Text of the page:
Sylvia is a deep ocean exploration expert. Her talk is on the importance of the oceans to know everything about our live support system — Earth. She gives a very vivid and powerful presentation trying to motivate us that saving the oceans and marine life is critical. Right now.
She has worked on the team that incorporated the oceans into google earth.
As far as I can see, photos offer three advantages:
- You see through a different set of eyes. When I walk around with my camera up and running, I generally pay more attention to detail and to my surroundings. I turn around more often, and the landscape behind you tends to look differently than in front of you! Without a camera, I tend to miss that part.
- Photography helps your memory. If you have photographs from the past available, they help your brain by remembering how things were, or how things evolved over time. This can be very useful. Do you remember how the chairs in your cafeteria looked like or were arranged 6 months ago? If you have the chance of knowing or storing the information of where the photograph was taken, this is a piece of great additional information. Geotagging.
- Photography is art and as such is beautiful. This is if you are careful by some minimum amount when you create the photography.
Why am I writing about this? Two reasons: primarily I have been having a lot of fun with photography lately, and secondly photography has been proven to be highly useful in a medical case I have been involved with.
Before I went on that trip to Chile, I contemplated for a very long time about which camera to take. I wanted to take a camera, because this is the kind of trip you just don’t do on a regular basis.
I do have some photographic history, which lead to some standards. The history dates back to shooting Lego scenes with my neighbour in the grass of our garden when we were about 8 years old with some obscure Rollei camera. This is where I learned what shutter speed and aperture were. I had no idea about ISO back then. The second flourishing period of my photography past happened during my student-magazine days. I managed to acquire sufficient ads so we had enough money to purchase a Minolta 500si super. That was very thrilling. This was in the late 90s so our school had on the one hand a black and white digital scanner. But one which you had to drag manually over the piece of paper you wanted to scan, and it was only about 10cm wide. It was quite a mess, but very exciting when your picture showed up in Corel 3. On the other hand the school still had a lab, where we developed our b/w film and magnified it on paper. This was so cool. I clearly remember the first roll of film that I took out of its tiny little box. In the dark. And there were only two of us in the lab…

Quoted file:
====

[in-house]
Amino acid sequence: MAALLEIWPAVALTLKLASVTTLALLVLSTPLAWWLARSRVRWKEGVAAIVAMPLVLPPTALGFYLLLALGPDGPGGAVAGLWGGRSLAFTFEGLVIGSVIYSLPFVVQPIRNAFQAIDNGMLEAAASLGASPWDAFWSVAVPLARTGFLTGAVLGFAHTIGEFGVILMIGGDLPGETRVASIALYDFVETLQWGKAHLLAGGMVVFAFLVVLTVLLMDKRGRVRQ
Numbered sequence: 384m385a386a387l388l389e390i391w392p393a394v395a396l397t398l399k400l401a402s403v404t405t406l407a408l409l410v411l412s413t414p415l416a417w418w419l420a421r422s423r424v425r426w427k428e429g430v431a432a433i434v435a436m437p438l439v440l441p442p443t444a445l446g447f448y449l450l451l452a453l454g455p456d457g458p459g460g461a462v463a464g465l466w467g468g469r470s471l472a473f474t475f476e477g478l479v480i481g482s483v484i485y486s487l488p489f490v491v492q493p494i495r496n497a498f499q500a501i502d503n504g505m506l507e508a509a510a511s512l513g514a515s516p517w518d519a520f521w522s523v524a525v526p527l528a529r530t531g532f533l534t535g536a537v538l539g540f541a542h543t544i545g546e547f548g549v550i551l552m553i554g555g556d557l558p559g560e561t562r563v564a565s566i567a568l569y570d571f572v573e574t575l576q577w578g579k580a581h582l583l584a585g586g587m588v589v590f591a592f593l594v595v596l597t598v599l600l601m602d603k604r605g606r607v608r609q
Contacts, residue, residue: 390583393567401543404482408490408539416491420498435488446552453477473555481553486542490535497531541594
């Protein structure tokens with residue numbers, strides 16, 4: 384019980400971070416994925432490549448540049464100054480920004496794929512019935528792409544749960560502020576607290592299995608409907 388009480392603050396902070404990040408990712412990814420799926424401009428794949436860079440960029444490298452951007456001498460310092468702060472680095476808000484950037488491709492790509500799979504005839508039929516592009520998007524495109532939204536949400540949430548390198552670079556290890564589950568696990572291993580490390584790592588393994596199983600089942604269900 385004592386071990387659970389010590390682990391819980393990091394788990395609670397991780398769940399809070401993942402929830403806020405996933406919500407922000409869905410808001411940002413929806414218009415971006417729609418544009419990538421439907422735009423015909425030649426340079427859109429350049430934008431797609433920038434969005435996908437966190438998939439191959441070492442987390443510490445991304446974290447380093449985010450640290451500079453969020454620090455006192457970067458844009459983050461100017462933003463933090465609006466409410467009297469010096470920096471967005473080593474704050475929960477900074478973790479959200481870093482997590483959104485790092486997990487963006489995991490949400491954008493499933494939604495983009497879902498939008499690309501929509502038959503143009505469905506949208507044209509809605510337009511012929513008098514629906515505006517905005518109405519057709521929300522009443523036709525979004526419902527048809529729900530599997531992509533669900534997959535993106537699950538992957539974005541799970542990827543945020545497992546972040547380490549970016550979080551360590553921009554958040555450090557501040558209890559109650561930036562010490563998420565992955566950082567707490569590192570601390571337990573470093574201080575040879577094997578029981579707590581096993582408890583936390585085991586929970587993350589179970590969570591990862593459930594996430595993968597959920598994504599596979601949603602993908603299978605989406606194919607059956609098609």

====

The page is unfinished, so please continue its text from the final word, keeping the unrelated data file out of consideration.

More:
In the end it came down to the question DSLR or point and shoot. More flexibility and picture-quality on a DSLR versus portability on a long backpacking trip. Sony just had released a series of DSLRs on which I could use my old Minolta lenses. I made the decision against heavy weight. As I said, I had some standards, so I still wanted some manual control, so I bought the Panasonic Lumix DMC-FX500. And I have been very happy with it! It has a really great automatic program. It has both aperture and shutter priority. At the beginning I was not sure if the display at the back would be bright enough if it is really light out, but I have been happy with it. The only thing I am not overly happy with is the autofocus. At times it’s a little slow and at very few times it doesn’t focus what I want to focus. I also bought an Amod AGL 3080 GPS tracker, because I wanted to have access to the second advantage from the triplet above. This thing works really nice for its money and for what I wanted it for, for tagging the location of where a photo was taken. Only drawback here is that it goes through batteries quite quickly.